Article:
Apple has made its iWork suite of productivity apps freely available for non-Apple users on Windows, Linux, Chrome OS and Android platforms as part of the iCloud beta.
The Pages word processor, Number spreadsheet and Keynote presentation apps can all be accessed through web browsers on non-Mac OS X and iOS devices.
Existing iCloud users can sign into their accounts from any device and gain access to beta versions of the iWork apps.
New users will be able to create accounts to gain free access to the iWork suite, even if they do not own an Apple device. New users will be given 1GB of free iCloud storage when signing up from other operating systems.
iWork also provides access to Apple's calendar, email, contacts and reminders apps, which can be synced with the same apps on iOS and Mac OS X hardware.
Apple made the iWork apps free in 2013 to anyone who bought a new iOS device, but this is the first time that non-Apple device users have been given access to the apps.
The iCloud beta is indicative of a move to expand the reach of Apple's productivity tools, bringing the firm into competition with suites such as Google for Work and Microsoft Office 365.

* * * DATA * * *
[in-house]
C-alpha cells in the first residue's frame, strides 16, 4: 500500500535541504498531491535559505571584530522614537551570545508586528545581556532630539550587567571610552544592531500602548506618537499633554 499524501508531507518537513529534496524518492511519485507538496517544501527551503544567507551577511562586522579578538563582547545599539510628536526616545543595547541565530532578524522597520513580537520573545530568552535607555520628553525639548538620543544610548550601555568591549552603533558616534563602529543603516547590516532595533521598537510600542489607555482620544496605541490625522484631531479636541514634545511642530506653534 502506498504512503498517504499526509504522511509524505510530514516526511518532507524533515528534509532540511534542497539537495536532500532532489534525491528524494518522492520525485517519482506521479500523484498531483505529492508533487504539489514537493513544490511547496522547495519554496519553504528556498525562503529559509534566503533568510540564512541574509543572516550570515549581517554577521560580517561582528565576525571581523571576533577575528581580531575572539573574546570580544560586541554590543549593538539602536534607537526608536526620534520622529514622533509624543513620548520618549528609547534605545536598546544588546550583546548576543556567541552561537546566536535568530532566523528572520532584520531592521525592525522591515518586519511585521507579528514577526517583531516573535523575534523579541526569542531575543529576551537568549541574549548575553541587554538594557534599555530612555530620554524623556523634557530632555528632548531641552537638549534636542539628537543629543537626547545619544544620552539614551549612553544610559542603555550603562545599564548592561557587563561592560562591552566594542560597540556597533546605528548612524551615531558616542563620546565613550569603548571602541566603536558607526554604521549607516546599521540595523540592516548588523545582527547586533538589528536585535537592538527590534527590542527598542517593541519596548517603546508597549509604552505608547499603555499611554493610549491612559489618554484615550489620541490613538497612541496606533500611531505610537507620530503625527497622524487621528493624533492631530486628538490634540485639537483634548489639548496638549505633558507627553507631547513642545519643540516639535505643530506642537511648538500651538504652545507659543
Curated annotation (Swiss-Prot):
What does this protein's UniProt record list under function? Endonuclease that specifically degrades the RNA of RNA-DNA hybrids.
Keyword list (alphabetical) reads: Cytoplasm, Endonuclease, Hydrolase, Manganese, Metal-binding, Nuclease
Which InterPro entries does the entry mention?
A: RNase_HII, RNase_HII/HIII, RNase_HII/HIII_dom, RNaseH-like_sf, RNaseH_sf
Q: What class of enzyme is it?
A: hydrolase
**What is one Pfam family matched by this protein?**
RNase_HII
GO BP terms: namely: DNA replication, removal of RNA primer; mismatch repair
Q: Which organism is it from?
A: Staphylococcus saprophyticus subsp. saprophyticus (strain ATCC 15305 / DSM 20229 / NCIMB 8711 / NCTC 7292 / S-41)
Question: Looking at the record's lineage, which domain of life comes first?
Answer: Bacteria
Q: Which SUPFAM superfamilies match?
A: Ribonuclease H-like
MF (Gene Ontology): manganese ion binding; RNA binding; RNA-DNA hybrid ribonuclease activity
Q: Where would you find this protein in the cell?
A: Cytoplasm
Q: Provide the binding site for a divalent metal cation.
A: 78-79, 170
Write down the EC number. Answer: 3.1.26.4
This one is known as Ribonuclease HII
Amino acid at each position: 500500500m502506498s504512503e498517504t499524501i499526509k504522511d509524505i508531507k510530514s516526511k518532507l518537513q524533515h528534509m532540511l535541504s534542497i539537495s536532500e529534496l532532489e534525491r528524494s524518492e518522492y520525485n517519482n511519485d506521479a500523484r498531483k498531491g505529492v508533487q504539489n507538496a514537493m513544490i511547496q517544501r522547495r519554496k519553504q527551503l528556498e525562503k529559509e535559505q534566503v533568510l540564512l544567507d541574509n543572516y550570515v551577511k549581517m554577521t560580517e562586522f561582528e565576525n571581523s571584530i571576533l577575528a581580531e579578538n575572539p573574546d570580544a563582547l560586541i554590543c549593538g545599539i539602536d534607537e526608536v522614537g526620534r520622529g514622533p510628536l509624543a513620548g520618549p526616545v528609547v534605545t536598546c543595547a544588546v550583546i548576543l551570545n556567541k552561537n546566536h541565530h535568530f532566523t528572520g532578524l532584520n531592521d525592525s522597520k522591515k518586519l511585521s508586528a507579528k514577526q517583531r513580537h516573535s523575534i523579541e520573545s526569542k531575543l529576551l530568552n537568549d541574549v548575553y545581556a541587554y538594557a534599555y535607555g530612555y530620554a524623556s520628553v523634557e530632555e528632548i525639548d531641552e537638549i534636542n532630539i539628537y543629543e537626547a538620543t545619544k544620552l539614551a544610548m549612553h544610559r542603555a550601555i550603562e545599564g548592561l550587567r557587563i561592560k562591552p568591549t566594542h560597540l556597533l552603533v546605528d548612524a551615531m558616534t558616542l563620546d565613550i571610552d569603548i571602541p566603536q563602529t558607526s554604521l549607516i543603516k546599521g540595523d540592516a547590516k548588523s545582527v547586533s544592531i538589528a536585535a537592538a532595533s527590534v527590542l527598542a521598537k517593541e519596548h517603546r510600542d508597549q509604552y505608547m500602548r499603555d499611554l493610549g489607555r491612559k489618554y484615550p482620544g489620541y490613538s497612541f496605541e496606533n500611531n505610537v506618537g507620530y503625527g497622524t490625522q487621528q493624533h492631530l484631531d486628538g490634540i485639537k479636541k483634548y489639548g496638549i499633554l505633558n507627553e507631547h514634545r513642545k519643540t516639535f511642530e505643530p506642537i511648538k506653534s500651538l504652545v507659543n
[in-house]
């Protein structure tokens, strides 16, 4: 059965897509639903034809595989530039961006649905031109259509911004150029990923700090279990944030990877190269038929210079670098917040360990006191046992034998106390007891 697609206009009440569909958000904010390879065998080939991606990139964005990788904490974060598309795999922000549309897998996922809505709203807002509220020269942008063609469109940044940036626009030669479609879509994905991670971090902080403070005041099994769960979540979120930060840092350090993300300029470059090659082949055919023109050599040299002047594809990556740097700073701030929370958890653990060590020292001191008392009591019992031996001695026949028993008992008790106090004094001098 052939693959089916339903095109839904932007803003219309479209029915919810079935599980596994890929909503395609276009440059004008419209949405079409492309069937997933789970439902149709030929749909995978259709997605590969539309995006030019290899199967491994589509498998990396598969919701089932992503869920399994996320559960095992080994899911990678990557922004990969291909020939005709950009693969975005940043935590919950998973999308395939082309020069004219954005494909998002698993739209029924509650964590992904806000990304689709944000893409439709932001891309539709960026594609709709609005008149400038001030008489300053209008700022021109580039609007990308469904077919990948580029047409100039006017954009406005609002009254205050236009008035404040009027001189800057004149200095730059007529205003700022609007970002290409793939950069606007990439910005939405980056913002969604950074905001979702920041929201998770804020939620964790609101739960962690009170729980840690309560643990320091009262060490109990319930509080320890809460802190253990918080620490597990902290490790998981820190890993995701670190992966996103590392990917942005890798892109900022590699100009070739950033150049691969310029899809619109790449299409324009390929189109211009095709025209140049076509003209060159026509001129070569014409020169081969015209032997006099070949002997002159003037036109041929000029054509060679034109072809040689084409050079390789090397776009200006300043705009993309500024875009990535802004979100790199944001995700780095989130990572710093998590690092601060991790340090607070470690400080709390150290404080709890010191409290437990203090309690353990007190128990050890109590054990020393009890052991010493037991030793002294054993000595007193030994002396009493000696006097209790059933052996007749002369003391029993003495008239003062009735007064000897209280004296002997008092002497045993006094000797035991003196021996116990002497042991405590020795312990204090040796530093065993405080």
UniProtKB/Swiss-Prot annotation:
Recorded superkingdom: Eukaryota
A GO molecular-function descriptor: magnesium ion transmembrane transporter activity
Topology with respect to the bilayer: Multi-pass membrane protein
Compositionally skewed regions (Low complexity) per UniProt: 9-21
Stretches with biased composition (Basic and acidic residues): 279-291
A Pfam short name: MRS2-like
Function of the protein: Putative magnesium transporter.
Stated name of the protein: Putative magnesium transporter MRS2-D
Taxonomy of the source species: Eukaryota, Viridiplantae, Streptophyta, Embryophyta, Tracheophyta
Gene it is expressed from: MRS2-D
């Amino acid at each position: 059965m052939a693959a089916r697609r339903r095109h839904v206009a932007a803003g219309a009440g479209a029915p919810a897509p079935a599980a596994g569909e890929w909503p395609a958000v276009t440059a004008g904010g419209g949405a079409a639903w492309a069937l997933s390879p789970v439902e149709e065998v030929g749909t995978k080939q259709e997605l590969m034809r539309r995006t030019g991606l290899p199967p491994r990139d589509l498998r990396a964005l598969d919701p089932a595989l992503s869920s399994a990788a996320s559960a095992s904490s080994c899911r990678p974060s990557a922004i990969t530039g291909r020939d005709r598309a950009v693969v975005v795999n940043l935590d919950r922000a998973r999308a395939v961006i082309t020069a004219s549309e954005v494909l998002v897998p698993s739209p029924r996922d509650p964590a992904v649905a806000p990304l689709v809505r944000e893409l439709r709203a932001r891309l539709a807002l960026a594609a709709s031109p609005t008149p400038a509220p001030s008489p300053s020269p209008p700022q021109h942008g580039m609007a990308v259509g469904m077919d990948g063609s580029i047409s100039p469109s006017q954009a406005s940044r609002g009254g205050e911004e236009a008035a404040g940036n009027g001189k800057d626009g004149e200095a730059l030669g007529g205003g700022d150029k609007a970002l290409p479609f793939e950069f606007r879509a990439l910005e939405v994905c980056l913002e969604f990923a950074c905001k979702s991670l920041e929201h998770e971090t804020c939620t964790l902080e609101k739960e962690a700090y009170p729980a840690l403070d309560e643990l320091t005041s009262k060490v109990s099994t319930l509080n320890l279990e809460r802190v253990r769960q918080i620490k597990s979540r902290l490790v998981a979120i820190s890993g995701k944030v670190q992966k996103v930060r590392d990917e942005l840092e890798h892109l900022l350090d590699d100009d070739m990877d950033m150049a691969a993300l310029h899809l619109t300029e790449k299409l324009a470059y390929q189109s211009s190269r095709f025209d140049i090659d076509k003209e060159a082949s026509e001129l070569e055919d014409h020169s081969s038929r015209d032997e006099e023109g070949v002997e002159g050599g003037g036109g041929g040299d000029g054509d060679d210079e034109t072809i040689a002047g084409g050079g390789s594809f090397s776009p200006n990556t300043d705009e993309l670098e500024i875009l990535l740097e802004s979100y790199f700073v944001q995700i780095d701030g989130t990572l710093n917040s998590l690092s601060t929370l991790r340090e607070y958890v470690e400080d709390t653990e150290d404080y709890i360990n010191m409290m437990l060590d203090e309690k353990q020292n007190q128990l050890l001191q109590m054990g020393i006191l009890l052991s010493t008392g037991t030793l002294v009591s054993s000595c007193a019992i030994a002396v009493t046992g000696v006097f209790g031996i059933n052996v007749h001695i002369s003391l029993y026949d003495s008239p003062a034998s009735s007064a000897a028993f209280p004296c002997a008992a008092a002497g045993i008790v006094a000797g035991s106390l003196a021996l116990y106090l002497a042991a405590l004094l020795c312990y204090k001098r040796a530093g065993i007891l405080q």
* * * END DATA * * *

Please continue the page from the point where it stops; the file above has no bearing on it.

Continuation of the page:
Like these rival offerings, Apple's iWork apps allow users to save documents in the cloud and access them on another device, either directly on iPhones or iPads with the iWork apps, or through a web browser on non-Apple devices.
Discussions on Apple's community forums have noted a few glitches with the iCloud beta, but the firm looks set to continue removing a few bricks in its ‘walled garden' app ecosystem.
Apple appears to be making moves to bolster as well as expand its app ecosystem, having doubled the size limit of iOS apps from 2GB to 4GB.
The company said on the Apple developer blog that the move allows developers to create more complex apps by using higher resolution images and video.
"You can include more media in your submission and provide a more complete, rich user experience on installation," Apple told its developer community.
Apple confirmed that the new size limit will not affect the 100MB limit on app downloads over cellular networks.
Apple has also strengthened the security of its communication apps, adding two-step verification to iMessage and FaceTime.
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